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Glossary of Research Terms

This glossary is designed to help you, the consumer, become familiar with common terms used in clinical trials.

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ADVERSE EVENT: Any change in health that occurs in a person after he or she enrolls in a clinical trial. Not every adverse event is related to the treatment or test being studied, but researchers must report all adverse events to the Food and Drug Administration (FDA). 

ADVERSE REACTION: An unwanted effect caused by the administration of drugs. Onset may be sudden or develop over time. 

APPROVED DRUGS: In the United States, the Food and Drug Administration (FDA) approves prescription drugs. Before a doctor can prescribe a drug, it must undergo extensive testing and be approved by the FDA. The approval process for the FDA requires that a drug be tested in animals or medical labs (pre-clinical) before it is tested in humans. If the FDA finds the drug to be safe in the pre-clinical testing, then the drug is approved for the next phase of study. The next phase involves humans. The drug manufacturer then files a New Drug Application to the FDA. The FDA reviews the application and the drug is either approved or rejected. 

ARM: A treatment or test group in a randomized clinical trial. Trials with more than one treatment are said to have multiple arms. 

BASELINE: A person's health status before he or she begins treatment in a clinical trial. Baseline measurements are used as a reference point to determine a participant's response to the experimental treatment. Safety and efficacy of a drug are often evaluated by monitoring changes from baseline values. 

BIAS: Partial judgment on issues relating to the subject of that point of view. Bias is controlled in clinical trials by blinding and randomization.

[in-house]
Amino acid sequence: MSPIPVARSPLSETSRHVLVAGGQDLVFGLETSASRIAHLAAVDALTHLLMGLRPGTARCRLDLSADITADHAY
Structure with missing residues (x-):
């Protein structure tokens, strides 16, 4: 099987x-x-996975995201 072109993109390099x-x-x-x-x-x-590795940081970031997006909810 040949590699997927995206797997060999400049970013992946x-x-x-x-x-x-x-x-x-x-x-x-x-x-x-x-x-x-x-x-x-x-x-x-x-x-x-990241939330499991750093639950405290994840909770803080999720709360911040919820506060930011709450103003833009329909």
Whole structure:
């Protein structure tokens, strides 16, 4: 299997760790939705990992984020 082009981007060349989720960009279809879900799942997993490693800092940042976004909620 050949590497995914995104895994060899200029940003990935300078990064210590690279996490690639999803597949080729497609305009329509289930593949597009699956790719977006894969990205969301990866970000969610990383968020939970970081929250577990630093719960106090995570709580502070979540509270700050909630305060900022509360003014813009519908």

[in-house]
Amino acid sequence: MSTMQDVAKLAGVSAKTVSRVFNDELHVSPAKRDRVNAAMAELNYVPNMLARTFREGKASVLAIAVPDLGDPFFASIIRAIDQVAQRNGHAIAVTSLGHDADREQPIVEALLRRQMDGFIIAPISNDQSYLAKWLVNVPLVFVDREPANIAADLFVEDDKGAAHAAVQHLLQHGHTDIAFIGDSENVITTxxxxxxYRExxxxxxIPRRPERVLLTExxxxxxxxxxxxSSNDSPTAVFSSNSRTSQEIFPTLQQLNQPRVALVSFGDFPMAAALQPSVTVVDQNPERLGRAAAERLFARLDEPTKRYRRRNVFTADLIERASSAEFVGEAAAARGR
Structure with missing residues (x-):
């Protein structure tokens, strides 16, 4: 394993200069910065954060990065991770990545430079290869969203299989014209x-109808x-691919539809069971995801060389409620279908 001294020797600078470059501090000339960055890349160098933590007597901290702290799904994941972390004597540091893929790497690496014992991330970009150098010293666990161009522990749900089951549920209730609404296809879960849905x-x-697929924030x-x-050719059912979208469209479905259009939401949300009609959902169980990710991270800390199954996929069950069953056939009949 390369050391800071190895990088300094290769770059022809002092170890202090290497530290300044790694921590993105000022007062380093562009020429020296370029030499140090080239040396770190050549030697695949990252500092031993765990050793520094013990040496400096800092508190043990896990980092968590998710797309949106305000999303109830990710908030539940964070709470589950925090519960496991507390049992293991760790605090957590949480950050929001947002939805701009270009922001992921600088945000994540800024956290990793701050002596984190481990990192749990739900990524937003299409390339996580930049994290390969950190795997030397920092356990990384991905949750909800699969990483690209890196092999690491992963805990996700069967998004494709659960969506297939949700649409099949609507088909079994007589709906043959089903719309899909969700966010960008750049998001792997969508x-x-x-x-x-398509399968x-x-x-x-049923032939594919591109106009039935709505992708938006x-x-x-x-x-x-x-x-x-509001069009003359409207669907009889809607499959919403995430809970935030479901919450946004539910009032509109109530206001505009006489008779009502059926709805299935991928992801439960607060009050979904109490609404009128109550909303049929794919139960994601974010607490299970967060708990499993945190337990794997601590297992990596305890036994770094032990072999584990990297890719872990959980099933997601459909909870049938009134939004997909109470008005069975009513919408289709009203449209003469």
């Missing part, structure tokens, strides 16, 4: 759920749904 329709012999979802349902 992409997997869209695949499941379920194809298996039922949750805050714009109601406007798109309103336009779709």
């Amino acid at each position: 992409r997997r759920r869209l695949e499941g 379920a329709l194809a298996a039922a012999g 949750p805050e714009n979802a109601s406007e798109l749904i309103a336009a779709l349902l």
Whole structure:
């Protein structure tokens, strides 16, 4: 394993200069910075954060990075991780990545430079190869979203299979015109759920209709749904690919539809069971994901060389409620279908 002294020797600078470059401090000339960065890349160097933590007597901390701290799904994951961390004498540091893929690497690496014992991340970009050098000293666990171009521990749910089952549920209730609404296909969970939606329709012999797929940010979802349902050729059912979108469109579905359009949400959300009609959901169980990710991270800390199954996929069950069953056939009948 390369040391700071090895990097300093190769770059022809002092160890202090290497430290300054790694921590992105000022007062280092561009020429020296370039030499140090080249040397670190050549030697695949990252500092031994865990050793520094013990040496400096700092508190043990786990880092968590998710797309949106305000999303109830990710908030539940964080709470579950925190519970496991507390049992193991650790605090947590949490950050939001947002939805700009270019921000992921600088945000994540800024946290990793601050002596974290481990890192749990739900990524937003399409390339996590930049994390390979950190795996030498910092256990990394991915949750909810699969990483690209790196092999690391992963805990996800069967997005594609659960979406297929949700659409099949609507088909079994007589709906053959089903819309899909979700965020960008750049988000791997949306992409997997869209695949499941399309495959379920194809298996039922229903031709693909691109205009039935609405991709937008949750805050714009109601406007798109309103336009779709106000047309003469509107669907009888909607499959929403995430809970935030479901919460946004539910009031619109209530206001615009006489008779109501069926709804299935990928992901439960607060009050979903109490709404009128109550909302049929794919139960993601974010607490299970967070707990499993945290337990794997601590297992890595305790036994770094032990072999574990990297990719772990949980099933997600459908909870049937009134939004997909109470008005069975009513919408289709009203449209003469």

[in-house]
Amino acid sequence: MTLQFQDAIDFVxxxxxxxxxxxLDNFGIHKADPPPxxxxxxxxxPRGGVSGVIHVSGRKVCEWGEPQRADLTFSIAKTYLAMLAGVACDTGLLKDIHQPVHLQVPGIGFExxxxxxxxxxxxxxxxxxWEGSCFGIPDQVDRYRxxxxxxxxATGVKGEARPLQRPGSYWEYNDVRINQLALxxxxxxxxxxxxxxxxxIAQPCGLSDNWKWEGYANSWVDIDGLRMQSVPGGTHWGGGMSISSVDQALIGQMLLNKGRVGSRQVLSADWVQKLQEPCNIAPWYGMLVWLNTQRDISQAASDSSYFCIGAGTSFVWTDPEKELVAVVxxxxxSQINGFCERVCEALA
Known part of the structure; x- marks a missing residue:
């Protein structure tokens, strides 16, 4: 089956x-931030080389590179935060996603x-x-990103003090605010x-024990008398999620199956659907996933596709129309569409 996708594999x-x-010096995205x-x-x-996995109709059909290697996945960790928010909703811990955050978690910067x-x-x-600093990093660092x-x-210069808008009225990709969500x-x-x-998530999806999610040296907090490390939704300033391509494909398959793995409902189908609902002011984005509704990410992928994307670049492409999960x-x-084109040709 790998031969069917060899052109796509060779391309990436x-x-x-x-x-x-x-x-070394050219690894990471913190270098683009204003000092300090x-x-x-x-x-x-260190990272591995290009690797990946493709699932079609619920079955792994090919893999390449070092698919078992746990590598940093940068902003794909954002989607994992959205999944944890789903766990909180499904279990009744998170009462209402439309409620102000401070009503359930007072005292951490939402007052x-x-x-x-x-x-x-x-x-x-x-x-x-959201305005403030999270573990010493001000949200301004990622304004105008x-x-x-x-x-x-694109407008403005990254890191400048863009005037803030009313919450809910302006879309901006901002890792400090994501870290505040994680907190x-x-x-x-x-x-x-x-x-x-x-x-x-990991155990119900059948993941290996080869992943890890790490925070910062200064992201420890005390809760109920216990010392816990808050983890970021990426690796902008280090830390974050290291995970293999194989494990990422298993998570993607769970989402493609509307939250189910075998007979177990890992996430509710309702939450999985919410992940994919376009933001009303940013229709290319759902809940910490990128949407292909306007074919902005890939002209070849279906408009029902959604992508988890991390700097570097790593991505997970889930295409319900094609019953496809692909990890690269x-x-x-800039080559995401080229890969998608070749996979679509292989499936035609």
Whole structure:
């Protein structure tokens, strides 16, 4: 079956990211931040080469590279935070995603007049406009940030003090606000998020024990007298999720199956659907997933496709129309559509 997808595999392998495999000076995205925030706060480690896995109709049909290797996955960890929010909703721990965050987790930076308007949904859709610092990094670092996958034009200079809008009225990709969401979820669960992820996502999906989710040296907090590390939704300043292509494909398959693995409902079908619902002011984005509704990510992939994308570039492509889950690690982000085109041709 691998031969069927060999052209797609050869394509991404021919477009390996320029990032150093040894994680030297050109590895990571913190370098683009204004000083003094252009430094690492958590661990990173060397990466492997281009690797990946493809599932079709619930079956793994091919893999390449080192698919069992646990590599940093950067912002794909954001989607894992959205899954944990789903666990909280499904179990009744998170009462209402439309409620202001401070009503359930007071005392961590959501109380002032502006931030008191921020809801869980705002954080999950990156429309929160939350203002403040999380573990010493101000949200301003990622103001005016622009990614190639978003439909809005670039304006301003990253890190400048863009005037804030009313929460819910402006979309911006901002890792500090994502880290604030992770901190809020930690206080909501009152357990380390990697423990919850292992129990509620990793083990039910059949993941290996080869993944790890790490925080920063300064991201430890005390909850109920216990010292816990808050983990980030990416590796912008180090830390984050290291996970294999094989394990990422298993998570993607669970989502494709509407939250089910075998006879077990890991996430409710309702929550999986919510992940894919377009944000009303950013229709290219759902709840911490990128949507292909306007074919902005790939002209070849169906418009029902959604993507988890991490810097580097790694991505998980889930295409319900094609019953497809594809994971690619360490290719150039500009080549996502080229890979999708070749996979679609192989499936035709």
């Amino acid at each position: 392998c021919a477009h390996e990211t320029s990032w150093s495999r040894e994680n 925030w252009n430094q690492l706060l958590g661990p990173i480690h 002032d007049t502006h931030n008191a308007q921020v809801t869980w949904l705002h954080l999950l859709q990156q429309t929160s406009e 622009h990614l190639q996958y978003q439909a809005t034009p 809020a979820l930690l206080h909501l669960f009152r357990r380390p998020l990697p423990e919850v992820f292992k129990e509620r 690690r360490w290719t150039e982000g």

BLIND OR BLINDED TRIAL: A trial in which the participant is not informed as to what arm (experimental or control) of the clinical trial he or she is on. 

CLINICAL TRIAL: A carefully planned study that evaluates the benefits and risks of treatments and screening tests on humans. Well-designed clinical trials are the fastest and safest way to find treatments that work in people. Clinical trials are also called research studies or medical research.

COMPASSIONATE USE: The use of experimental treatments and drugs that haven't been approved by the FDA for use in humans. This is typically done for very sick people who have no other treatment options, and this use often requires approval from the FDA on a case-by-case basis. 

CONTRAINDICATION: A specific situation that will cause the administration of a treatment to be harmful to a person. 

CONTROL GROUP: The control group is the measure to gauge the effectiveness of the experimental treatment. Generally, the control group receives the placebo or currently accepted treatment for that particular illness. 

DATA SAFETY AND MONITORING BOARD (DSMB): An independent committee, composed of community representatives and clinical research experts who review data while a clinical trial is in progress. The review is done to ensure that participants are not exposed to undue risk. A DSMB may recommend that a trial be stopped if there are safety concerns or if the trial objectives have been achieved. 

DIAGNOSTIC TRIALS: Trials that are conducted to find better tests or procedures for diagnosing a particular disease or condition. Diagnostic trials usually include people who have signs or symptoms of the disease or condition being studied. 

DOSE-LIMITING TOXICITY: An adverse event or reaction during treatment on a clinical trial that prevents the dose of the study drug from being increased or to prevent continuation of treatment at any dosage level. 

DOUBLE-BLIND TRIAL: A clinical trial where neither the participant nor the investigator know which treatment the participant is receiving. The goal of this type of study is to eliminate bias in reporting results. 

EFFICACY: The ability of a drug, test or treatment to relieve symptoms, detect or eliminate the disease.